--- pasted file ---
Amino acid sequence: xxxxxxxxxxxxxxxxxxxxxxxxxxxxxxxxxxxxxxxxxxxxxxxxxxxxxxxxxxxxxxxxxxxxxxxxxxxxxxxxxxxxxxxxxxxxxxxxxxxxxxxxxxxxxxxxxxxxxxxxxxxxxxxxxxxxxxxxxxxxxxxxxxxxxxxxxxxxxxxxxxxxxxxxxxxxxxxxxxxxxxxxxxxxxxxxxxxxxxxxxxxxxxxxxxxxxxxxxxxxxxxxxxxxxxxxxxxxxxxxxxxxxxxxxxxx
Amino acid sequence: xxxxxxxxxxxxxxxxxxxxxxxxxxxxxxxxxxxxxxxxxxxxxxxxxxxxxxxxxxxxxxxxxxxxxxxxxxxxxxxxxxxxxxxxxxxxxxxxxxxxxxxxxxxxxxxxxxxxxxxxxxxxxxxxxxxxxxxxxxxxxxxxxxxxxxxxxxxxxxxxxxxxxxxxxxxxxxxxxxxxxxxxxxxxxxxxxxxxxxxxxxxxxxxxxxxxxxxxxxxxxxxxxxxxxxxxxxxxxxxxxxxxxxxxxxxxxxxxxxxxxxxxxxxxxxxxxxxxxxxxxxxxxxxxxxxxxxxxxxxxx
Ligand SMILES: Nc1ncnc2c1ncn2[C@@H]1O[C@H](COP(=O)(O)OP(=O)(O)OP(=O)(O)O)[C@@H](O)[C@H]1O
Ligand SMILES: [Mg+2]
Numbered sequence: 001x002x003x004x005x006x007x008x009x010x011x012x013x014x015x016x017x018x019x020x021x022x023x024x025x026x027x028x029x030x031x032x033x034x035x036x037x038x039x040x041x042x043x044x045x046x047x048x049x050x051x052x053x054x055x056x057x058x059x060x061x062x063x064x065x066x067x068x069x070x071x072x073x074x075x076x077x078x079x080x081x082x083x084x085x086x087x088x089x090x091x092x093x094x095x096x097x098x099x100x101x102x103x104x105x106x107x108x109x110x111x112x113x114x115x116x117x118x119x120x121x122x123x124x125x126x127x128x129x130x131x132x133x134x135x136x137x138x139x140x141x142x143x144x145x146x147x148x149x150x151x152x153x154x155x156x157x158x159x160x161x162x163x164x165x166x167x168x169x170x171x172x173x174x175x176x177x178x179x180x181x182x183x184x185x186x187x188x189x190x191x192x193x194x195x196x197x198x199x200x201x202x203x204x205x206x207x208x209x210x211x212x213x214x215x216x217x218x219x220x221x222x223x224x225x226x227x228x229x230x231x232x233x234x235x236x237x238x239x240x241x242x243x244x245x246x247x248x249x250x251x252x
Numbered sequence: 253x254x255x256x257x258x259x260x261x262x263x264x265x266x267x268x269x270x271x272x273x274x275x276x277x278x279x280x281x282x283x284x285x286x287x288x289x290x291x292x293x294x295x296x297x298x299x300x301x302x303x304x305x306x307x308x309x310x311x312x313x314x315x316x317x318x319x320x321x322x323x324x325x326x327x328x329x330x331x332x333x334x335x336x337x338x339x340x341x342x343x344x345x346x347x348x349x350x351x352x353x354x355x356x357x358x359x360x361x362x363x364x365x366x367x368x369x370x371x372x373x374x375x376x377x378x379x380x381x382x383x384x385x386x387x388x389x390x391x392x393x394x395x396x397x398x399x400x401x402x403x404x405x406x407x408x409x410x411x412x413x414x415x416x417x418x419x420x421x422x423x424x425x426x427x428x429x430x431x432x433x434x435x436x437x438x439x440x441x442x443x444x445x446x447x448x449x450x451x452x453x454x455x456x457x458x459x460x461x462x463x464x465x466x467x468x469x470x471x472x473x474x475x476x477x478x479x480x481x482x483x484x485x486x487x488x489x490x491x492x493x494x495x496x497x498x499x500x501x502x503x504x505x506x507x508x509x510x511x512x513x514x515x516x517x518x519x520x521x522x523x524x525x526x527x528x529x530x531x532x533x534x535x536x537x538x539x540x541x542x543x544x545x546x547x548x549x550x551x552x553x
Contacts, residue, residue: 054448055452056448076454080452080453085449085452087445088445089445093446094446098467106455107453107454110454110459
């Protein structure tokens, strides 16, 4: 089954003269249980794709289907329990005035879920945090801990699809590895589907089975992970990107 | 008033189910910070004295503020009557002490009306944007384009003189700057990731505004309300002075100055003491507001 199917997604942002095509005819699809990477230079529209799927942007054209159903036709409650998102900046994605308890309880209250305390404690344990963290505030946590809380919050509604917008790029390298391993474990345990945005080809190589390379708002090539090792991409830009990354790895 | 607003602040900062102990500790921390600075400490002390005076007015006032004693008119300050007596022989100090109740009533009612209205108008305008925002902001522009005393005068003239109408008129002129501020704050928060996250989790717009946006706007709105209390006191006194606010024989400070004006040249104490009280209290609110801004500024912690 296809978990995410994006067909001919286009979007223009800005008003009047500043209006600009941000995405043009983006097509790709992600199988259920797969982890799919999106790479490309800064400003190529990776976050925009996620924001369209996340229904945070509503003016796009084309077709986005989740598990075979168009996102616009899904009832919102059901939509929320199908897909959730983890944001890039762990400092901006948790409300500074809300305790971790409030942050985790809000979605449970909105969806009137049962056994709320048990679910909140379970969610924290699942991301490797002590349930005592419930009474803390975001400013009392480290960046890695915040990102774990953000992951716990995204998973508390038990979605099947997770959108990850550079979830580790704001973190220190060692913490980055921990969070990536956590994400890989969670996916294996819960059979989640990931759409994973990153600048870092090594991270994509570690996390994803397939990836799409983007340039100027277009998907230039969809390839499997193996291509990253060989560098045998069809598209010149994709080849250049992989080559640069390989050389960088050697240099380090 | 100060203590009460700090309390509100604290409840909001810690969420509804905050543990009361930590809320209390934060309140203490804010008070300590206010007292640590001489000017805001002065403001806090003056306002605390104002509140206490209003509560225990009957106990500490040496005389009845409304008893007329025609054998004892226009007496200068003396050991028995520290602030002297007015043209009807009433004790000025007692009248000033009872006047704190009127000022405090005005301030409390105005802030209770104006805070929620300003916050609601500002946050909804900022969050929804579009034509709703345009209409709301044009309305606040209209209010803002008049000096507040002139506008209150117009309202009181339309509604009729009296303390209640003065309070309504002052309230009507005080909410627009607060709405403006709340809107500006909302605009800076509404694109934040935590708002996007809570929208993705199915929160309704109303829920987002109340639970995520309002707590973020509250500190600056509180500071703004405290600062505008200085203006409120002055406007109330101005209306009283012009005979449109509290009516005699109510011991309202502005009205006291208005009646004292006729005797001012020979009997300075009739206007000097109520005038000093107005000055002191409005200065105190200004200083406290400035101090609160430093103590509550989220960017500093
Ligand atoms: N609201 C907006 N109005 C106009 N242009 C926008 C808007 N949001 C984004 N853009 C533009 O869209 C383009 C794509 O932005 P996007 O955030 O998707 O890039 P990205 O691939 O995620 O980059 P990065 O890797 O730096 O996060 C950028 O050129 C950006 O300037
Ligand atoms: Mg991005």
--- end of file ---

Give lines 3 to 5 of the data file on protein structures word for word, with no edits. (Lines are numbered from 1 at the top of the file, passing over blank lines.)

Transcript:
Ligand SMILES: Nc1ncnc2c1ncn2[C@@H]1O[C@H](COP(=O)(O)OP(=O)(O)OP(=O)(O)O)[C@@H](O)[C@H]1O
Ligand SMILES: [Mg+2]
Numbered sequence: 001x002x003x004x005x006x007x008x009x010x011x012x013x014x015x016x017x018x019x020x021x022x023x024x025x026x027x028x029x030x031x032x033x034x035x036x037x038x039x040x041x042x043x044x045x046x047x048x049x050x051x052x053x054x055x056x057x058x059x060x061x062x063x064x065x066x067x068x069x070x071x072x073x074x075x076x077x078x079x080x081x082x083x084x085x086x087x088x089x090x091x092x093x094x095x096x097x098x099x100x101x102x103x104x105x106x107x108x109x110x111x112x113x114x115x116x117x118x119x120x121x122x123x124x125x126x127x128x129x130x131x132x133x134x135x136x137x138x139x140x141x142x143x144x145x146x147x148x149x150x151x152x153x154x155x156x157x158x159x160x161x162x163x164x165x166x167x168x169x170x171x172x173x174x175x176x177x178x179x180x181x182x183x184x185x186x187x188x189x190x191x192x193x194x195x196x197x198x199x200x201x202x203x204x205x206x207x208x209x210x211x212x213x214x215x216x217x218x219x220x221x222x223x224x225x226x227x228x229x230x231x232x233x234x235x236x237x238x239x240x241x242x243x244x245x246x247x248x249x250x251x252x